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Defining the Older Adult Landscape: How an ElderCare organization relies on research and data to improve the health of the population

by Amy Eisenstein, PhD and Nissa Romanowski, MPH

Community based organizations work tirelessly to meet the needs of frail and at-risk populations in their areas, and CJE SeniorLife is no different. Established in 1971 as the Council for Jewish Elderly, CJE SeniorLife (CJE) upholds the famous sentiment of Rabbi Abraham Joshua Heschel, “The test of a people is how it behaves toward the old.” As such, our mission is to enhance quality of life and facilitate the independence of older adults. We are committed to serving older adults and their families regardless of income, religion, gender or ethnicity. Most of our 23,000-plus clients live close to or below the poverty level and participate in free or subsidized programs. At the foundation of CJE is the belief that as people age, they want and need to remain independent to the greatest degree possible. CJE is intent on helping older adults to claim their independence and manage their own healthcare for as long as is feasible. This increases quality of life for individuals and decreases the eldercare burden for society. CJE aims to achieve their mission by striving for excellence through respect, advocacy, compassion, intention, innovation and accountability.

So, how do we help older adults remain independent?  One way is through our Center for Healthy Living.  The goal of the Center for Healthy Living is to provide education and socialization for older adults who are seeking to stay healthy, independent, and socially engaged.  The Center strives to help older adults remain in their homes longer, with improved general health, improved quality of life, and reduced disability.  And how does staff of the Center know what programs to offer to our clients. The answer: Staff turn to research and look at the data. For example, results of a CJE Population Health Study showed staff that 49% of CJE’s clients limit their activity due to a fear of falling.  Therefore, the Center for Healthy Living added more fall-related programs knowing they are needed and would be well attended.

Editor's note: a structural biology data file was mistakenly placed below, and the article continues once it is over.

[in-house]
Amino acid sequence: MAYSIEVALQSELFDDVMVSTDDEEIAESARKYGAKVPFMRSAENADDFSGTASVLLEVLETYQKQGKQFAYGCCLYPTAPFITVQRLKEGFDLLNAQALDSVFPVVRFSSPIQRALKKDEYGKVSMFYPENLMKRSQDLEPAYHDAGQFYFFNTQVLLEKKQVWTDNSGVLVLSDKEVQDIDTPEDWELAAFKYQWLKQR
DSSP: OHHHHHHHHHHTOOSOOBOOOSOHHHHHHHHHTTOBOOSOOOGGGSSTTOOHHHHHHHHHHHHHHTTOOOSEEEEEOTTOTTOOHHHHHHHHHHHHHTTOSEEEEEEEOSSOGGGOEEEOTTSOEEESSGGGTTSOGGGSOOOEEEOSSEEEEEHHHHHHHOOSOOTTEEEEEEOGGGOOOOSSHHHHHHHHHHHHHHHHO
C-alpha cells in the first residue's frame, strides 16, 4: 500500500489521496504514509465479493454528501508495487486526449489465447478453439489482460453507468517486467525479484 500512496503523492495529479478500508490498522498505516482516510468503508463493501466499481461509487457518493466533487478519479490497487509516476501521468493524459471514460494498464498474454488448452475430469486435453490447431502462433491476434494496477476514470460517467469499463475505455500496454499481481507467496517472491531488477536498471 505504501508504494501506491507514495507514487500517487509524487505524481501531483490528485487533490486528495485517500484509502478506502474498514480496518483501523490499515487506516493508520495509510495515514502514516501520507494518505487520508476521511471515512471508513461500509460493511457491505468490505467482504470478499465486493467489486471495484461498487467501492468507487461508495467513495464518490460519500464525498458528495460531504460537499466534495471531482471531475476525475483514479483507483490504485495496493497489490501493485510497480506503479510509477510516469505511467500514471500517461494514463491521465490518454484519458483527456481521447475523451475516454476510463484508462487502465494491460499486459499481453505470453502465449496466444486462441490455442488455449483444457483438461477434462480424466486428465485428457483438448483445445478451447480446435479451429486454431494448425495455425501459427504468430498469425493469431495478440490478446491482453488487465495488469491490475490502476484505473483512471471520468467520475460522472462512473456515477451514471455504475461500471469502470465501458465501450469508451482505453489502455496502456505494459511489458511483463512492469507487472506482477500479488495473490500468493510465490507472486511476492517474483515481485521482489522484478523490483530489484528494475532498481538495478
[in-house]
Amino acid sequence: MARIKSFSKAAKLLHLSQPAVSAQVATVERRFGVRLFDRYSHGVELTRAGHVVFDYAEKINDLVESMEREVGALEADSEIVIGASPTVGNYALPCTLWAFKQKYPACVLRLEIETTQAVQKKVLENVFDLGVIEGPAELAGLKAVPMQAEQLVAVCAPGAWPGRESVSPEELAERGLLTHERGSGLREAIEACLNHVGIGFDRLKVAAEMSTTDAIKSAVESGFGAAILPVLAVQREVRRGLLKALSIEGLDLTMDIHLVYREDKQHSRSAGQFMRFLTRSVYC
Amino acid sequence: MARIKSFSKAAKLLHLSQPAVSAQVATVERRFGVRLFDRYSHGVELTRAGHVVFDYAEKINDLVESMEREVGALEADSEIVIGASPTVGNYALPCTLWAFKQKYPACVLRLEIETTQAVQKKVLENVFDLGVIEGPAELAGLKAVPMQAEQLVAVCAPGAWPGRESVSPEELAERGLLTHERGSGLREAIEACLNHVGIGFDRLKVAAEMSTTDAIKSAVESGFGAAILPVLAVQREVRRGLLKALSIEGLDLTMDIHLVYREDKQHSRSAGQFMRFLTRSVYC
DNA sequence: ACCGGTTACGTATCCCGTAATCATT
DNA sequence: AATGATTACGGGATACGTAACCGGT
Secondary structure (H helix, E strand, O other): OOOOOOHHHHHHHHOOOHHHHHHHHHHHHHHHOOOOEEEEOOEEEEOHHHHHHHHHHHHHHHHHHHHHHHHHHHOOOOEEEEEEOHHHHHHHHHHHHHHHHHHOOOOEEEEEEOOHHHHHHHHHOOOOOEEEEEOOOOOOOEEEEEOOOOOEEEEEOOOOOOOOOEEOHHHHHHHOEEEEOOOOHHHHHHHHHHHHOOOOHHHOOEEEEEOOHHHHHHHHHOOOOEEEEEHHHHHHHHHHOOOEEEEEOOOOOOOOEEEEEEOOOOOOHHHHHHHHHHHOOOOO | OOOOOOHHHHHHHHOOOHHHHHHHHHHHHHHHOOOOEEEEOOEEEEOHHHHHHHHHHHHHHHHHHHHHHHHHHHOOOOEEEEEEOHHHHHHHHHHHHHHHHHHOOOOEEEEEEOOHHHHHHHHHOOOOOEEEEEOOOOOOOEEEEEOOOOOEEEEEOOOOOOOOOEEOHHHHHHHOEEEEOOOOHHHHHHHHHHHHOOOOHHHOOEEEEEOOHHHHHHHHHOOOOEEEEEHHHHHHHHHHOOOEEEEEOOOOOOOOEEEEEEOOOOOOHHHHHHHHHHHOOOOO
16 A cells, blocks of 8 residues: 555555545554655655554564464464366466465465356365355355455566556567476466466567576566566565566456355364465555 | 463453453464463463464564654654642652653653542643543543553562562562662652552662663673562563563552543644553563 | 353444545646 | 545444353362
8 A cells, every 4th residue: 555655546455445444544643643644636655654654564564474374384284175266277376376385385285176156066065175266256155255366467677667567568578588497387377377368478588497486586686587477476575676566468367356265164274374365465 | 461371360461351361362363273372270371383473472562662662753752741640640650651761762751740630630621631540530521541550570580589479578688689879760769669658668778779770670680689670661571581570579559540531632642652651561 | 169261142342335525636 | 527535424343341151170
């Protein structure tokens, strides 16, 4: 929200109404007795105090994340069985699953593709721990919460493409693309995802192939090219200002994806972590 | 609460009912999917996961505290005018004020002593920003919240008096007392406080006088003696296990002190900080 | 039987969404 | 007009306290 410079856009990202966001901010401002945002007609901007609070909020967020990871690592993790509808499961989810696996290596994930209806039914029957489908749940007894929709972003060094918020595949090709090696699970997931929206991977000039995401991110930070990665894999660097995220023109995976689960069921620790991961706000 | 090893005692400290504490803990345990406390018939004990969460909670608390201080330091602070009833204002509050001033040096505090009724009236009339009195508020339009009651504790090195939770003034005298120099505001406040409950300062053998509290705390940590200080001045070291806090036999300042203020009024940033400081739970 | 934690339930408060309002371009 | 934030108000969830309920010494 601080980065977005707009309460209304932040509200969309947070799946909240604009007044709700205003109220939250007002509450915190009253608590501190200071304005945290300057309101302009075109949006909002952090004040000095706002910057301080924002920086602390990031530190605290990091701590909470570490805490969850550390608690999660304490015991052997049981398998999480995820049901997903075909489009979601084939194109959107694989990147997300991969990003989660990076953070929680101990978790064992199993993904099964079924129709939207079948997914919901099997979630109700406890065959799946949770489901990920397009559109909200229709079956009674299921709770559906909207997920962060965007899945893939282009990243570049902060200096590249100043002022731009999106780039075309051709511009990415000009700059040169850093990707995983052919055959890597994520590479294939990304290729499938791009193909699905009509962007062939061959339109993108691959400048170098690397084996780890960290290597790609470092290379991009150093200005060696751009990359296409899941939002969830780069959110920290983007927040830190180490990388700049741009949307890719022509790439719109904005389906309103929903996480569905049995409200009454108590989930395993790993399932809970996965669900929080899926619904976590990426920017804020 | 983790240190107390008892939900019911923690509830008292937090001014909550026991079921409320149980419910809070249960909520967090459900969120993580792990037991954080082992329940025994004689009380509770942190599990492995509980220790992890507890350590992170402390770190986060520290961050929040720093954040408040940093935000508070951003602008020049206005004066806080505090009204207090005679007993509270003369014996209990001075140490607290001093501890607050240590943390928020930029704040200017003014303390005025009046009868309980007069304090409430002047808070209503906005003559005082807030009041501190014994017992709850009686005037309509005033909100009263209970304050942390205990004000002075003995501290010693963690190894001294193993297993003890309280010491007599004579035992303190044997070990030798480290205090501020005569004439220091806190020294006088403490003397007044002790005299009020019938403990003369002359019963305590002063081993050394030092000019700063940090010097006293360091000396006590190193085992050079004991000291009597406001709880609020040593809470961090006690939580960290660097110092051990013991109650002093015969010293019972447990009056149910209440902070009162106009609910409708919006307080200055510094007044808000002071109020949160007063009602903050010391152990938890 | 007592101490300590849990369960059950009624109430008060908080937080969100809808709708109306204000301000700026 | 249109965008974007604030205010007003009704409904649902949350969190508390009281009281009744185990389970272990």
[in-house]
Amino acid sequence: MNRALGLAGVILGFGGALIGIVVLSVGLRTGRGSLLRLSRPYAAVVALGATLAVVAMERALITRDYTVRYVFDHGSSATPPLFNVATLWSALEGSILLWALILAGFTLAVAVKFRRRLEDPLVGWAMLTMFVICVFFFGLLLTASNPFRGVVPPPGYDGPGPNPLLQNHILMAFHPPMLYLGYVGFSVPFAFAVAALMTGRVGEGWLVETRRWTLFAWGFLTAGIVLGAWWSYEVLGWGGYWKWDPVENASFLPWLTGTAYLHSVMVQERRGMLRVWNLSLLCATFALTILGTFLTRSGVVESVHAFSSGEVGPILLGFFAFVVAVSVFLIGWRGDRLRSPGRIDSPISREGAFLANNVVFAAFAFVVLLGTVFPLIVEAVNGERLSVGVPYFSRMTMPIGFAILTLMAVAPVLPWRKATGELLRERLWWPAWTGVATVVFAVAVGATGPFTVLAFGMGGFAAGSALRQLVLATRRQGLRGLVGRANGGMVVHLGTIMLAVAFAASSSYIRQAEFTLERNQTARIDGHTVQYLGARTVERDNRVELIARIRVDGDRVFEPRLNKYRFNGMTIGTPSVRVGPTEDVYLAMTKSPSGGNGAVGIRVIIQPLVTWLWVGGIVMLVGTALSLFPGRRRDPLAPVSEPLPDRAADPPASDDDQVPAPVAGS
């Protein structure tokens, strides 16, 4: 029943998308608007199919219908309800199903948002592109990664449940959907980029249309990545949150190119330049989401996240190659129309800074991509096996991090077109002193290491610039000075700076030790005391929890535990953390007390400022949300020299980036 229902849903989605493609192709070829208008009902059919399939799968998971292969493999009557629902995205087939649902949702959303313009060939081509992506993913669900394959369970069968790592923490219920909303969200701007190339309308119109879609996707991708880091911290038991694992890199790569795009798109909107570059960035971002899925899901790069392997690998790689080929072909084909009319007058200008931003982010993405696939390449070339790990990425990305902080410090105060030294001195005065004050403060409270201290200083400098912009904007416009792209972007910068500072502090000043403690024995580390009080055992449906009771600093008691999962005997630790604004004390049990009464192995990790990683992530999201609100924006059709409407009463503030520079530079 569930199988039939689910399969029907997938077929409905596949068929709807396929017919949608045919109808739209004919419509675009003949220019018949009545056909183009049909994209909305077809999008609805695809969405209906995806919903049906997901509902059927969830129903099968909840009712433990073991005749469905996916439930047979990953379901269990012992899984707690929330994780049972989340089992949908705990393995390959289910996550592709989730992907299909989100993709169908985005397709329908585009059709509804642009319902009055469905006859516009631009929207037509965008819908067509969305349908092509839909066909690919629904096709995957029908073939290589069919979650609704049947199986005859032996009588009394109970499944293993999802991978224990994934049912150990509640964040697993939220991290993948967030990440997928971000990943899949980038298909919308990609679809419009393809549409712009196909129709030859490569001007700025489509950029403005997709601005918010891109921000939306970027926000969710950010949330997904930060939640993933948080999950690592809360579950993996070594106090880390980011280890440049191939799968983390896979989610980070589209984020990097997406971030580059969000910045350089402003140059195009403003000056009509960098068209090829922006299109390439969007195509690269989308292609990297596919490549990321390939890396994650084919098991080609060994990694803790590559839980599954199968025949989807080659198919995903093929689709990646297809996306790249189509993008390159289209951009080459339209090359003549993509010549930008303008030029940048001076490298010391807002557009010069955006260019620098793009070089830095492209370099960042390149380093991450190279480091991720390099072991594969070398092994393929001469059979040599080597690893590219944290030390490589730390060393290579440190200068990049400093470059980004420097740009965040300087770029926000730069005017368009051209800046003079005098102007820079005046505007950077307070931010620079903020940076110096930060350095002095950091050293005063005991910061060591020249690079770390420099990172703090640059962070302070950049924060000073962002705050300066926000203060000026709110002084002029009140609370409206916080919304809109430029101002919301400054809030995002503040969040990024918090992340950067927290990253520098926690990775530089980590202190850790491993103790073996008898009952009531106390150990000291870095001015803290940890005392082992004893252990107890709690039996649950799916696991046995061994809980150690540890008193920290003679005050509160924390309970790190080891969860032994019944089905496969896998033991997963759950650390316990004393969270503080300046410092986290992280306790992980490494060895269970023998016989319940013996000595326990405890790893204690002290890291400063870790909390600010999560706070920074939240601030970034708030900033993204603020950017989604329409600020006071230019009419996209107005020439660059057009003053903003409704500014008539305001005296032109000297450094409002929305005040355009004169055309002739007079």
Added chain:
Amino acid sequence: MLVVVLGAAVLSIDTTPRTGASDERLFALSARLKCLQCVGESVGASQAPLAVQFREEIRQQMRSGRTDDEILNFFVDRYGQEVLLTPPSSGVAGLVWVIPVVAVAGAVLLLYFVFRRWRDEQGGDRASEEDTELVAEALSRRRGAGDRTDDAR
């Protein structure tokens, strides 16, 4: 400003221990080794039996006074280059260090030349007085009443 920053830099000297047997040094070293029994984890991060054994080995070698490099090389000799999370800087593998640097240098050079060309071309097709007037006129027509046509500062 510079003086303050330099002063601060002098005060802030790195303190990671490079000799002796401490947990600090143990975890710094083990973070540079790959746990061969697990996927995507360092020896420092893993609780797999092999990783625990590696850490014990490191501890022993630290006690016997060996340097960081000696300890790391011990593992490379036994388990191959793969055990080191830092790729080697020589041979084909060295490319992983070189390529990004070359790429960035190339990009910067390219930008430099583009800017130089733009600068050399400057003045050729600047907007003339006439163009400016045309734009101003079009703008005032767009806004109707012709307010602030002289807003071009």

CJE is one of the few social service agencies in the country that has the benefit of an in-house research department, the Leonard Schanfield Research Institute (LSRI). The LSRI has a long history of implementing programs based on the evidence gleaned from its research projects. The LSRI’s work is even more important now that there is less funding to support the development of innovative programs, especially those that focus on an older adult population.

Read the full article here.

About the Authors

Amy Eisenstein, PhD is Director of the Leonard Schanfield Research Institute at CJE SeniorLife, and Adjunct Assistant Professor in the Department of Medical Social Sciences in the Feinberg School of Medicine. Her research interests include issues related to aging, health, and disease with a focus on measuring patient reported outcomes associated with long term care and community-based living. She relies on mixed-methodologies to analyze and interpret research findings. Dr. Eisenstein completed her Ph.D. at the University of Illinois at Chicago, in the School of Public Health, with a focus on Aging in August of 2011.

Nissa Romanowski, MPH is the Research Coordinator at CJE SeniorLife. CJE is a community based organization that offers services and supports to older adults living in the North Chicagoland area. She works in CJE’s Leonard Schanfield Research Institute on projects in the area of Social and Behavioral Health Science, including a PCORI funded project called the Bureau of Sages which established an advisory group of older nursing home residents and stay-at-home elders to lend their voice to research.